, Volume 213, Issue 2–3, pp 441–452 | Cite as

Chlorpheniramine exerts anxiolytic-like effects and activates prefrontal 5-HT systems in mice

  • Shigeo Miyata
  • Shoko Hirano
  • Masahiro Ohsawa
  • Junzo Kamei
Original Investigation



The traditional antihistamine chlorpheniramine ameliorates panic attacks, phobias, and lowered mood, and this therapeutic effect is independent of the blockade of histamine H1 receptors. Since chlorpheniramine inhibits the reuptake of serotonin (5-HT), the anxiolytic-like effect of chlorpheniramine may be produced by an increase in serotonergic function.


To elucidate the mechanisms underlying the anxiolytic-like effects of chlorpheniramine in mice, we examined the involvement of 5-HT systems in the prefrontal cortex that is a crucial region in the regulation of emotional function.


Chlorpheniramine (0.05–5 mg/kg, i.p.) dose-dependently and significantly decreased the duration of freezing behavior in both the elevated open-platform and conditioned fear tests. The anti-freezing effects of chlorpheniramine (5 mg/kg, i.p.) in these tests were inhibited by pretreatment with the non-selective antagonist at 5-HT receptors, methiothepin (0.01 mg/kg, s.c.). In addition, the local injection of chlorpheniramine (10–100 ng/mouse) and 5-HT (1–10 μg/mouse) into the medial part of the prefrontal cortex (mPFC) dose-dependently and significantly decreased the duration of freezing behavior in the elevated open-platform test. In a microdialysis study, chlorpheniramine (0.5 and 5 mg/kg, i.p.) dose-dependently and significantly increased the extracellular 5-HT level in the mPFC. In addition, the local perfusion of chlorpheniramine (10 and 30 μM), but not of the selective H1 receptor antagonist, cetirizine, into the mPFC markedly increased the extracellular 5-HT level in the mPFC.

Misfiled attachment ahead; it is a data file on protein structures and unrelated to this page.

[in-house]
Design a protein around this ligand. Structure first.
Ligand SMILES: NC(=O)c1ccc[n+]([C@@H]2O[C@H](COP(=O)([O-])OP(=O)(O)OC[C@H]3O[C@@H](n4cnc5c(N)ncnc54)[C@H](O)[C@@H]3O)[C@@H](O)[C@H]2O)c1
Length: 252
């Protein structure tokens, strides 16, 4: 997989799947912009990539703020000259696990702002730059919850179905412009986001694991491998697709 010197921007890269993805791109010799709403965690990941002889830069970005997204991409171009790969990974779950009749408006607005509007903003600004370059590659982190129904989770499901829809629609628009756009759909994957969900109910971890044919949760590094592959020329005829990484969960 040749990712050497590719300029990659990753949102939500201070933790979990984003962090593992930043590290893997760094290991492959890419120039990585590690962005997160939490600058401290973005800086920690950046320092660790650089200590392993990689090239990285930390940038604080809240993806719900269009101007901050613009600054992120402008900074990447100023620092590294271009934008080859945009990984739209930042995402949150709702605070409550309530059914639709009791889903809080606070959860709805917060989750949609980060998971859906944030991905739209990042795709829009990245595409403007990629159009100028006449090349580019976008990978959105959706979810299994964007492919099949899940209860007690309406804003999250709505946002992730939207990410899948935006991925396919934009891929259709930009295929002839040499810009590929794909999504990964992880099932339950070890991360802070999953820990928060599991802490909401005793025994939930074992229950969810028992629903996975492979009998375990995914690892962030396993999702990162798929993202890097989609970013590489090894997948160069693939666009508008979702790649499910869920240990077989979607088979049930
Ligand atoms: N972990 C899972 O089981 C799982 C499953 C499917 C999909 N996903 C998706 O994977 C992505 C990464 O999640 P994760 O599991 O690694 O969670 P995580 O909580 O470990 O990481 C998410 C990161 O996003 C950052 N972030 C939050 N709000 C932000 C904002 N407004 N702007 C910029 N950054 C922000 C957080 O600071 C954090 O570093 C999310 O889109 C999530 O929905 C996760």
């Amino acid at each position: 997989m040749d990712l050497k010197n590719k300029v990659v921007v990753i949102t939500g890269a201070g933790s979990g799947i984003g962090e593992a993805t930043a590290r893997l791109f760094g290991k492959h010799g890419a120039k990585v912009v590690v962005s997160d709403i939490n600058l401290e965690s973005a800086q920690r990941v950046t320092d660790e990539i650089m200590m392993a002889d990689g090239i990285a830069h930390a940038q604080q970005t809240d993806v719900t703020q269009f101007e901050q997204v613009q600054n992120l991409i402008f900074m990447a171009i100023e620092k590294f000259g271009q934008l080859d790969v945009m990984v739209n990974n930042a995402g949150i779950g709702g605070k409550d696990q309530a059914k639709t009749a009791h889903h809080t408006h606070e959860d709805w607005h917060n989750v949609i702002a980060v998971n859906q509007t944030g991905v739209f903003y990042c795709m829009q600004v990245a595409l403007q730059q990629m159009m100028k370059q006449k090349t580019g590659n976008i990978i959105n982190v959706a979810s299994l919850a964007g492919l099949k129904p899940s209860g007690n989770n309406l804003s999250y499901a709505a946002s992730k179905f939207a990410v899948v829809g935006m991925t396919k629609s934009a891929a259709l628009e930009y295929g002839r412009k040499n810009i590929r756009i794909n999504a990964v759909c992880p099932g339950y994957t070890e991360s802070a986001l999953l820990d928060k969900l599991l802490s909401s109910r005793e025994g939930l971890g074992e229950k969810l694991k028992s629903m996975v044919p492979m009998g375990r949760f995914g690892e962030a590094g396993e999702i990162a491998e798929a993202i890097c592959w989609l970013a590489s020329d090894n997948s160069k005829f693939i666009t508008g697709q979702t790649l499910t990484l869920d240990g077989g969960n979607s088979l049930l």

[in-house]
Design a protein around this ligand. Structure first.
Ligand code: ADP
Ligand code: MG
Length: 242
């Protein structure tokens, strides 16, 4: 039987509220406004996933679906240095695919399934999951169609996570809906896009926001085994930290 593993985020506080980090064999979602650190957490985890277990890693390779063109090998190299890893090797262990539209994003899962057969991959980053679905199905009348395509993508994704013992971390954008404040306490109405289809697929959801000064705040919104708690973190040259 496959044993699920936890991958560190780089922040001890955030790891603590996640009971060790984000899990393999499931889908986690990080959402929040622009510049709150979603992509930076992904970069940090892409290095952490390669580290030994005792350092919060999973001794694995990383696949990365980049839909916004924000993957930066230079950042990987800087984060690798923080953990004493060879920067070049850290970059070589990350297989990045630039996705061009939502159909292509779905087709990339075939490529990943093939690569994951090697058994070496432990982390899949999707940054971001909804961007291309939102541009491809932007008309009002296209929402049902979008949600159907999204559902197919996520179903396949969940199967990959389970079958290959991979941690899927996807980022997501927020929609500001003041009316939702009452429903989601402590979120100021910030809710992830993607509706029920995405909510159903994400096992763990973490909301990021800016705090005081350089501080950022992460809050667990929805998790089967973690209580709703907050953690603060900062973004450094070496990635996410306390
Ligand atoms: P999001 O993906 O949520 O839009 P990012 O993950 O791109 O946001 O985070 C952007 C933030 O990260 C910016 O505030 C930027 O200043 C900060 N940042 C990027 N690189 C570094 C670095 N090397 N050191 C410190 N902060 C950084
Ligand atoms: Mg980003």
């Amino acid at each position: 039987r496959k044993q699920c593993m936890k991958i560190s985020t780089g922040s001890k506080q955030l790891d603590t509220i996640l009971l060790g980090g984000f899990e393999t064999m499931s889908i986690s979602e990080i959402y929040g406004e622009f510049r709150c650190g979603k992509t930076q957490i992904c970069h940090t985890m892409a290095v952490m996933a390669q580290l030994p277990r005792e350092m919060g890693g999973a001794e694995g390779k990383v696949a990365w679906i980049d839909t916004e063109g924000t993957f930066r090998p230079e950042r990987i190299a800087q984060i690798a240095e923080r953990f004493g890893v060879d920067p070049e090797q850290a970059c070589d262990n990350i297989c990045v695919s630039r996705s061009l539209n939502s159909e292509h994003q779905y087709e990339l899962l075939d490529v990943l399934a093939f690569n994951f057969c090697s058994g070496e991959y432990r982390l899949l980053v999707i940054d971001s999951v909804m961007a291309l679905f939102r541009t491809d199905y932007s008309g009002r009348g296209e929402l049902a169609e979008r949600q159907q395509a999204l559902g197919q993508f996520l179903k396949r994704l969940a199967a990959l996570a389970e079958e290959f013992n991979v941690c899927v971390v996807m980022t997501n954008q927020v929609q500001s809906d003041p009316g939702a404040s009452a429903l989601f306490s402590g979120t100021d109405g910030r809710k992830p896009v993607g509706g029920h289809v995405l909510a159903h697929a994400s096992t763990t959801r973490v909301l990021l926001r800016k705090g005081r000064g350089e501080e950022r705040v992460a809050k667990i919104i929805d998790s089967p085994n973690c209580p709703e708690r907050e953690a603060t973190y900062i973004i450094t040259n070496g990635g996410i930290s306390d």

The anxiolytic-like effect of chlorpheniramine is produced, at least in part, by the facilitation of serotonergic neurotransmission in the PFC.


Antihistamine Anxiolytic Chlorpheniramine Serotonin Prefrontal cortex 


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Copyright information

© Springer-Verlag 2009

Authors and Affiliations

  • Shigeo Miyata
    • 1
  • Shoko Hirano
    • 1
  • Masahiro Ohsawa
    • 1
  • Junzo Kamei
    • 1
  1. 1.Department of Pathophysiology and Therapeutics, School of Pharmacy and Pharmaceutical SciencesHoshi UniversityTokyoJapan

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